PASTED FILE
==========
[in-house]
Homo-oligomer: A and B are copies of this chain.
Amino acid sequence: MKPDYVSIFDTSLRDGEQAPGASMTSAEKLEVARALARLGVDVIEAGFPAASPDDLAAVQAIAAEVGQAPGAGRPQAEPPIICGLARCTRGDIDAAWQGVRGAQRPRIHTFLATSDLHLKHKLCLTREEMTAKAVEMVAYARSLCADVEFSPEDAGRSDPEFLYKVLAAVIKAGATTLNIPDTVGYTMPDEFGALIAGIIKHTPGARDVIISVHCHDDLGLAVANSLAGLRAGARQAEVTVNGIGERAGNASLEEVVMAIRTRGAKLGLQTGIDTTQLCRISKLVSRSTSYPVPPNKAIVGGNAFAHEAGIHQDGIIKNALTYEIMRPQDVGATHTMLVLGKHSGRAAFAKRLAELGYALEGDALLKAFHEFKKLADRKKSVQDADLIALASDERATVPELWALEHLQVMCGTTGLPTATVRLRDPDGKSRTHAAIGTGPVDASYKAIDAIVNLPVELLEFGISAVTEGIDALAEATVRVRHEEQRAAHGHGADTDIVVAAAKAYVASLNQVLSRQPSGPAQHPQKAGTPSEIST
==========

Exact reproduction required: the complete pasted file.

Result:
[in-house]
Homo-oligomer: A and B are copies of this chain.
Amino acid sequence: MKPDYVSIFDTSLRDGEQAPGASMTSAEKLEVARALARLGVDVIEAGFPAASPDDLAAVQAIAAEVGQAPGAGRPQAEPPIICGLARCTRGDIDAAWQGVRGAQRPRIHTFLATSDLHLKHKLCLTREEMTAKAVEMVAYARSLCADVEFSPEDAGRSDPEFLYKVLAAVIKAGATTLNIPDTVGYTMPDEFGALIAGIIKHTPGARDVIISVHCHDDLGLAVANSLAGLRAGARQAEVTVNGIGERAGNASLEEVVMAIRTRGAKLGLQTGIDTTQLCRISKLVSRSTSYPVPPNKAIVGGNAFAHEAGIHQDGIIKNALTYEIMRPQDVGATHTMLVLGKHSGRAAFAKRLAELGYALEGDALLKAFHEFKKLADRKKSVQDADLIALASDERATVPELWALEHLQVMCGTTGLPTATVRLRDPDGKSRTHAAIGTGPVDASYKAIDAIVNLPVELLEFGISAVTEGIDALAEATVRVRHEEQRAAHGHGADTDIVVAAAKAYVASLNQVLSRQPSGPAQHPQKAGTPSEIST